Save (goaltender)

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Tyler Weiman makes a stick save in a Colorado Avalanche intrasquad game.

In several sports with goalkeepers or goaltenders protecting nets or goals, a save is credited to a goaltender that stops the playing object from entering the goal. These sports include football, ice hockey, and lacrosse, among others.

In ice hockey, a goaltender is credited with a save when they prevent a shot by the opponent from entering the net. A goaltender's efficiency in stopping shots, the save percentage, is calculated as a percentage of shots stopped divided by the total number of shots on goal. If a goaltender makes all the saves within a game it is called a shutout. In association football this is called a clean sheet.

An ice hockey goaltender can use any part of their body to make a save. Typically goaltending equipment worn aids the goaltender in stopping the puck. An ice hockey goaltender typically wears two leg pads, a blocker, a glove, a chest protector, a helmet which is sometimes referred to as a mask as well as other ice hockey equipment.

A kick or a pad save is one where the goaltender uses their leg pads which are strapped to the legs to kick out and stop the puck from entering the net. These pads cover from the goaltenders feet all the way to their thighs. This kind of save is most useful against low shots where the goaltender is using the butterfly style. Commonly these type of saves will result in a rebound, allowing another player the opportunity to possess the puck after a shot. Pad saves were typically the most common type of save, especially before the creation of the butterfly style.

A glove save is a save made where the goaltender catches the puck in their glove. The goaltending glove is typically worn on the "weak" hand of an individual, much like a baseball glove. The goaltender uses their glove to snatch shots out of the air. These saves sometimes be quite dramatic as they can be quite exciting to see. Sometimes a glove save is seen as a "last resort" to keeping a puck out of the net.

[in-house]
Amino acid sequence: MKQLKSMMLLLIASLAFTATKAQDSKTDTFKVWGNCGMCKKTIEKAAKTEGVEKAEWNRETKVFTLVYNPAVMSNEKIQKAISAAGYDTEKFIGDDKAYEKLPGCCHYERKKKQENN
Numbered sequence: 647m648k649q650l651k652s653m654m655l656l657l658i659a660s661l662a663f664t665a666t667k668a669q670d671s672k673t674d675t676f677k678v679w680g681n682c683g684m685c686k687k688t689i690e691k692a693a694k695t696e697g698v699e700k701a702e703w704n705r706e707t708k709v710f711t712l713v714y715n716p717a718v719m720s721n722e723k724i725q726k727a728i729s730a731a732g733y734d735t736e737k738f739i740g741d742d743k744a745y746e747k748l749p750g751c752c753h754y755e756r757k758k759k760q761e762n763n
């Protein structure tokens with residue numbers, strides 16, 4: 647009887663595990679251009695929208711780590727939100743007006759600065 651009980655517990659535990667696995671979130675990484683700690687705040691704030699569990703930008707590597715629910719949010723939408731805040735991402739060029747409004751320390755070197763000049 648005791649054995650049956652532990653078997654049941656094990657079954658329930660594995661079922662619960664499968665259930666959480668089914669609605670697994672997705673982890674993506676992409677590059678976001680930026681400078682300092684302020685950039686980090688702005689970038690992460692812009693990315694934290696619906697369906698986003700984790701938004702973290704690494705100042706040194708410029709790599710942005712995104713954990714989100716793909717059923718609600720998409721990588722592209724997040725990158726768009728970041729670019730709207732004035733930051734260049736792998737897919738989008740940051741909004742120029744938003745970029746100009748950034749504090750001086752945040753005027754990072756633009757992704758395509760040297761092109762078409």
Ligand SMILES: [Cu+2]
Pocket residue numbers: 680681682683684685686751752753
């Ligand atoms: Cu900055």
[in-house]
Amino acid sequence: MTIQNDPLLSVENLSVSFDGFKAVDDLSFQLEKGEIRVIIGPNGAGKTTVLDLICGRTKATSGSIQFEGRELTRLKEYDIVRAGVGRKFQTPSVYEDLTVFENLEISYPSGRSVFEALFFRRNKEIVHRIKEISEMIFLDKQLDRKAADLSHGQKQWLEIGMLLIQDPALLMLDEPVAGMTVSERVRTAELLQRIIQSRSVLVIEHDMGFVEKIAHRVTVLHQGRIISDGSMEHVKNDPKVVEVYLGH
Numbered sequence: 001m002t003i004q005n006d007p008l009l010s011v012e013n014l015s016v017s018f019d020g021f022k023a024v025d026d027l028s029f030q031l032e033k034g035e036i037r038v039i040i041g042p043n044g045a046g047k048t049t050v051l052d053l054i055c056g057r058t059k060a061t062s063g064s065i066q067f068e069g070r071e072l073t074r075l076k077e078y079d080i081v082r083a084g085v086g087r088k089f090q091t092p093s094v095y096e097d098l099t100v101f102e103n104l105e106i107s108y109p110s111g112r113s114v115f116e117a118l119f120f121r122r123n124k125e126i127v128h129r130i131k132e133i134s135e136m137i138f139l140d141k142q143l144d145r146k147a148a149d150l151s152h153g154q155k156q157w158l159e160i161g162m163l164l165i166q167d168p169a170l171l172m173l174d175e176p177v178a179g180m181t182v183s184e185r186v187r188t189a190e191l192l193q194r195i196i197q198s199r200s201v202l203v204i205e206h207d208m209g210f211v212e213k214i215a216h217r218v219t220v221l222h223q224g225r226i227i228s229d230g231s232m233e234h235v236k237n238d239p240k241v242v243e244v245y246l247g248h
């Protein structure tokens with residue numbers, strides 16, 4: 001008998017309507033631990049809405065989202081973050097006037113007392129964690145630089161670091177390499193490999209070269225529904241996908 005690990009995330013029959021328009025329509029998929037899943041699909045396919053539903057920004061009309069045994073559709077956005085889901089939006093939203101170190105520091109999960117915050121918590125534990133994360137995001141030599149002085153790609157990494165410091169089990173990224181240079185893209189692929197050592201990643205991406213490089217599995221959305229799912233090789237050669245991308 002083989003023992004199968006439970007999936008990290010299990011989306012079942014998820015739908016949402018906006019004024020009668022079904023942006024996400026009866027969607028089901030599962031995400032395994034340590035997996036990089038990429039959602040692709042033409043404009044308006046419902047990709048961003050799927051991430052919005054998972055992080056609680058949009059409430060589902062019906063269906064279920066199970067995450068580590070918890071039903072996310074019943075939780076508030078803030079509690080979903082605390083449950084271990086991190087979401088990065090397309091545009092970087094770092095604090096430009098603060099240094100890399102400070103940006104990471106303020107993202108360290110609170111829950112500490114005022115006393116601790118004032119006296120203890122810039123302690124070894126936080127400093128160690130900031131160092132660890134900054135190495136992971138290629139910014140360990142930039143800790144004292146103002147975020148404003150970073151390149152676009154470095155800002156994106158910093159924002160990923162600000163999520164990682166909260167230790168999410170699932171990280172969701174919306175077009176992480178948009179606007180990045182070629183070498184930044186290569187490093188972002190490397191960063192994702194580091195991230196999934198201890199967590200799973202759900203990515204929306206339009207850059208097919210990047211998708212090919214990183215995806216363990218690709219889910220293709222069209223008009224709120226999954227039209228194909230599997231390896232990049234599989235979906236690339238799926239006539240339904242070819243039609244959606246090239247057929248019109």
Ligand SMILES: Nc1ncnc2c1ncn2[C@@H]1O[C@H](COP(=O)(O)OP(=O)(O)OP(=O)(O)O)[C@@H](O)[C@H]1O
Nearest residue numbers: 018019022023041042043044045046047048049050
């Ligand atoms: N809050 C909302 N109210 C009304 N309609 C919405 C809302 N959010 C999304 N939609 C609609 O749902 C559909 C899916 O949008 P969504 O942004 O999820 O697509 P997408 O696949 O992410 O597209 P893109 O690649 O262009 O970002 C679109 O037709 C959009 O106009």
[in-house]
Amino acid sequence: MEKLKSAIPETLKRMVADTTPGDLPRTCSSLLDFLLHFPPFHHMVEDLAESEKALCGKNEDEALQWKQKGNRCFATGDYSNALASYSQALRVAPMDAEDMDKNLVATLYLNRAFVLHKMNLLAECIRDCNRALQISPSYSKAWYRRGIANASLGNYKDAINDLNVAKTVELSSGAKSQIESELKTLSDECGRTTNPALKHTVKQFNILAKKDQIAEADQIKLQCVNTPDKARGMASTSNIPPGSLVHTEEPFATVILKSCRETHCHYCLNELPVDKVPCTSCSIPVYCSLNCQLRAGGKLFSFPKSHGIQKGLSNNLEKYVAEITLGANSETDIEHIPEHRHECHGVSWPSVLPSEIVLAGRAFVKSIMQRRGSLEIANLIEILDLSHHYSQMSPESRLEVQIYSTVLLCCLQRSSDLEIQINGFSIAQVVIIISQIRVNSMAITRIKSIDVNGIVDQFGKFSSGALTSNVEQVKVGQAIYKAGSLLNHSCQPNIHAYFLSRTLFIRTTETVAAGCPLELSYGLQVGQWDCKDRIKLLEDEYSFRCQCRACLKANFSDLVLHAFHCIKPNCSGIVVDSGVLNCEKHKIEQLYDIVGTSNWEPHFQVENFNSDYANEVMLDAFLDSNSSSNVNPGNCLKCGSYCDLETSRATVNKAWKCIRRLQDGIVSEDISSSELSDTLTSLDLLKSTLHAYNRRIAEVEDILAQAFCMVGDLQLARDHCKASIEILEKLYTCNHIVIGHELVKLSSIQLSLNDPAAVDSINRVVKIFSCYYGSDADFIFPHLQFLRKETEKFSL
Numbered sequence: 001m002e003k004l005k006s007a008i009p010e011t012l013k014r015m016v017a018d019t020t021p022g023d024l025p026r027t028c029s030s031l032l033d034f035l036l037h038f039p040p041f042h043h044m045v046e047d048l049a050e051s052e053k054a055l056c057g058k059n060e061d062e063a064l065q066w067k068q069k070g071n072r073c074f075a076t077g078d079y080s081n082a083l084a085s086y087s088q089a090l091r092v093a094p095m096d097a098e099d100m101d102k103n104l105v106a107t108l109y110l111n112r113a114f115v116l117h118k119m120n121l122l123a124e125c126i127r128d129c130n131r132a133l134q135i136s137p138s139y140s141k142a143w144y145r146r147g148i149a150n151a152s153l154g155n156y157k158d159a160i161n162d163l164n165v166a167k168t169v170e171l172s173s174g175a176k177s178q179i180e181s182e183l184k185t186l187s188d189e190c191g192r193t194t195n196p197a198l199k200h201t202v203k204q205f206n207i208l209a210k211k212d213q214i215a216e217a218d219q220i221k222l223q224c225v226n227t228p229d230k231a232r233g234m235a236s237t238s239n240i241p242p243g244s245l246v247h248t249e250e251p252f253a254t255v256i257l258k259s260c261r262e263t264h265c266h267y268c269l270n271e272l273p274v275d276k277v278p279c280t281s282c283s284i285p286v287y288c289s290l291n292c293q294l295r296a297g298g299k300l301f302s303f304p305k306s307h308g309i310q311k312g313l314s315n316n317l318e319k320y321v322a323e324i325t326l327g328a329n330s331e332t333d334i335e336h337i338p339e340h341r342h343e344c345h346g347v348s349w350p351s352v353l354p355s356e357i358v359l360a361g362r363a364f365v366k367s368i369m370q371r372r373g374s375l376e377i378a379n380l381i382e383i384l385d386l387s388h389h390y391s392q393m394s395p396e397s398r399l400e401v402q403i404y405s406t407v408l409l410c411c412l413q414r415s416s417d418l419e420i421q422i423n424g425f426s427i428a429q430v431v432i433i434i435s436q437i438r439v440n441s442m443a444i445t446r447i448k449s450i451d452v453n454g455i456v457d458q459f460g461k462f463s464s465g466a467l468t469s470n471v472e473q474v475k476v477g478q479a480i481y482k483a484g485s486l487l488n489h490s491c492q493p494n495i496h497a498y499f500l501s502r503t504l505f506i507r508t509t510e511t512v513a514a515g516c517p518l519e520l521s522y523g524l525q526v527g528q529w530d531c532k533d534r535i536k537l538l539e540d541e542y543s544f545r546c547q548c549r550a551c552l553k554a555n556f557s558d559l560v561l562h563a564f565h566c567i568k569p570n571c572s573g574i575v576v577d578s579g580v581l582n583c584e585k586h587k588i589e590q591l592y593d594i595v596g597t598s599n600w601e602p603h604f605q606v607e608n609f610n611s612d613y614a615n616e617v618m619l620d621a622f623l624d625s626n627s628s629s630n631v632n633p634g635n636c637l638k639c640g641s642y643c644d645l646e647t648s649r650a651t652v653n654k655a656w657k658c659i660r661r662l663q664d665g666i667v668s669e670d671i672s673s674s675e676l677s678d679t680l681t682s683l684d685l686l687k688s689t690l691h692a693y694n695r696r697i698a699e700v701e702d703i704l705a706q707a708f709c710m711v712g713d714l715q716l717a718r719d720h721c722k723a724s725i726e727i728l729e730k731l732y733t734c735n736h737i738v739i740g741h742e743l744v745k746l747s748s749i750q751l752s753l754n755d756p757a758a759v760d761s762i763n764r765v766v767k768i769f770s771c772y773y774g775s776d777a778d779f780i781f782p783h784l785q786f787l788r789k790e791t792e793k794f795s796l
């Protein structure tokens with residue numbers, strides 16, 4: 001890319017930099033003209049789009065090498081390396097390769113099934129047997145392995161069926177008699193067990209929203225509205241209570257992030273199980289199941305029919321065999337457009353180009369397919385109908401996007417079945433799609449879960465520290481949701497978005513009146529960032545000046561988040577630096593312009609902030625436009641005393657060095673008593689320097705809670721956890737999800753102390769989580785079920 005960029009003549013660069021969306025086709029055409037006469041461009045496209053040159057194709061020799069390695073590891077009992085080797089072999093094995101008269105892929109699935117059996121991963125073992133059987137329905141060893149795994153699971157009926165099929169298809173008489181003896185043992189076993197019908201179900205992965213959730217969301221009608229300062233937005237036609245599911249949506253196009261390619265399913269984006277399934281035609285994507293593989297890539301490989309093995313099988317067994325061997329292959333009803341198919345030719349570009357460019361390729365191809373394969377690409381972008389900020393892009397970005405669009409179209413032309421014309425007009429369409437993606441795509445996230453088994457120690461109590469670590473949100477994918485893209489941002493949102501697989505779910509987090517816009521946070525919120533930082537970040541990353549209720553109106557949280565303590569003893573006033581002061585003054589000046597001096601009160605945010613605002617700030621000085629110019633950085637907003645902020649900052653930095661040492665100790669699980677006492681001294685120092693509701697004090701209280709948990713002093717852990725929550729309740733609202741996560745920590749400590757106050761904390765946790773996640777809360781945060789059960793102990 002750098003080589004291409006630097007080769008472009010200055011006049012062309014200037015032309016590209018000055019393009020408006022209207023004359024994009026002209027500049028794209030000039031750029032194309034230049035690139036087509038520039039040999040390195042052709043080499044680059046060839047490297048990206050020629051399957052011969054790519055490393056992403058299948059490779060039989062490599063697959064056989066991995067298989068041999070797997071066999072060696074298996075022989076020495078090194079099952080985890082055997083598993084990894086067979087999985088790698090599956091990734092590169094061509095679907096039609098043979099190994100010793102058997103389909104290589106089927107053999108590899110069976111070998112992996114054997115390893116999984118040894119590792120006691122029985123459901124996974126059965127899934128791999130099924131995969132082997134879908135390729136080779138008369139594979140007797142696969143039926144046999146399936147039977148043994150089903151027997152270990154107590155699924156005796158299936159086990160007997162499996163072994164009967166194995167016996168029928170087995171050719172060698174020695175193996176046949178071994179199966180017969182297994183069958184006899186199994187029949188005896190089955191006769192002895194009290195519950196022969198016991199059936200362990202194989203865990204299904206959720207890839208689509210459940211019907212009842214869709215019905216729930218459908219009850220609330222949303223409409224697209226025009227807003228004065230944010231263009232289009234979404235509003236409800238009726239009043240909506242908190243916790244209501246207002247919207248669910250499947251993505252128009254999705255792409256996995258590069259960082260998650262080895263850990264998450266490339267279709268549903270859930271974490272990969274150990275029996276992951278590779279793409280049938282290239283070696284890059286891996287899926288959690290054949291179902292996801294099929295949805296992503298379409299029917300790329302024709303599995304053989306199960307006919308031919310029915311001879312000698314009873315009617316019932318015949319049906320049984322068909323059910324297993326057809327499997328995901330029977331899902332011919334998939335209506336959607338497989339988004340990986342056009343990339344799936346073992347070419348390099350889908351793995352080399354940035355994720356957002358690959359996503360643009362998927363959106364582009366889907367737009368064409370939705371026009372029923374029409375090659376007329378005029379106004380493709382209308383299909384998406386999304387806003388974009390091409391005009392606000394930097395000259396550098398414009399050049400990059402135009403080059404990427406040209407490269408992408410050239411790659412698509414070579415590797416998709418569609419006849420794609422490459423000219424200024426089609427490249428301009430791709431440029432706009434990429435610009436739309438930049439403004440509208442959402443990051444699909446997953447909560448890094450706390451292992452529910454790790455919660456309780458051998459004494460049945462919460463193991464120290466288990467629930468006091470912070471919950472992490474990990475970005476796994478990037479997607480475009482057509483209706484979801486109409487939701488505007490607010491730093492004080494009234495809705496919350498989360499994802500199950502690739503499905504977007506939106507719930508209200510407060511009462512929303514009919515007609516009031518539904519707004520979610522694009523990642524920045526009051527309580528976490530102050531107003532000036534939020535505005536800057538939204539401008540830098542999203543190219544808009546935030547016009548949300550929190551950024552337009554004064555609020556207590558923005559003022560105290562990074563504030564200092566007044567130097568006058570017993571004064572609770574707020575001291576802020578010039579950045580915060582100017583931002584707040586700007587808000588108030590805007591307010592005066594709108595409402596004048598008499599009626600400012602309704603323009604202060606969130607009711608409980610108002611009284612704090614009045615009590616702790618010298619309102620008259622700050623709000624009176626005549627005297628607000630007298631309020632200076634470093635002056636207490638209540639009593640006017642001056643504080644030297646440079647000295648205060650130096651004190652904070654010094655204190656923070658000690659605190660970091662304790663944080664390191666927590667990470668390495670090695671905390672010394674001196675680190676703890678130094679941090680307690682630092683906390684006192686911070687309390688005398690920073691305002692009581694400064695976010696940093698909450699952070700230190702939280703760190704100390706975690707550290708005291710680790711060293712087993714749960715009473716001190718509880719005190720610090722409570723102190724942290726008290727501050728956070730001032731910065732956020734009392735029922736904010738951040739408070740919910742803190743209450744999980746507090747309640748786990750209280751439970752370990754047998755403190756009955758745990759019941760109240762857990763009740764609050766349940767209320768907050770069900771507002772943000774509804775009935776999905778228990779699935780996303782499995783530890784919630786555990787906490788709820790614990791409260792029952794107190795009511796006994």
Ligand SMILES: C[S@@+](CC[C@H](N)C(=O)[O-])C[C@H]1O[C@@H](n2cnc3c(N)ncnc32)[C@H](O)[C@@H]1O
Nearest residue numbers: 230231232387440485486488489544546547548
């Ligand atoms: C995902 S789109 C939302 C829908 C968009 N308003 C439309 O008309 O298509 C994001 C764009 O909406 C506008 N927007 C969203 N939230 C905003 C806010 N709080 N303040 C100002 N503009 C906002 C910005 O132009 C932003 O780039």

A blocker save is one in which the goaltender uses a hard rectangular "block" which rests on the forearm of the persons "strong" hand. The blocker is worn on the same arm that which holds the goaltending stick. A blocker save is made when the goaltender uses the hard rectangular surface to deflect a shot away from the goal. This along with glove saves are two high skill abilities for a goaltender to be able to perform.

A final type of save is called the stick save. Like its name suggests it is a save made using the goaltending stick. The stick save is usually one of desperation or luck. A goaltender would rather use another part of their body to stop the puck but occasionally the stick can be used. A stick save will usually come as a goaltender desperately tries diving back into position to deflect the puck away from the goal.

Goaltenders also can freeze play by catching and swallowing up a shot that hits them and gets caught up in their chest protector. There is no official name for this kind of save.

At the end of the NHL season the Vezina Trophy is given to the goaltender that is "adjudged to be the best at his position" which often times is the goaltender with a very high save percentage (SV%) and a very low goals against average (GAA). The current holder of the Vezina Trophy is Pekka Rinne of the Nashville Predators.


In association football, a goalkeeper who does not concede any goals during a match is said to have "kept" a clean sheet. In certain competitions awards (such as the Premier League Golden Glove and the Football League Golden Glove) are given for the player who keeps the most clean sheets during the season or the tournament.

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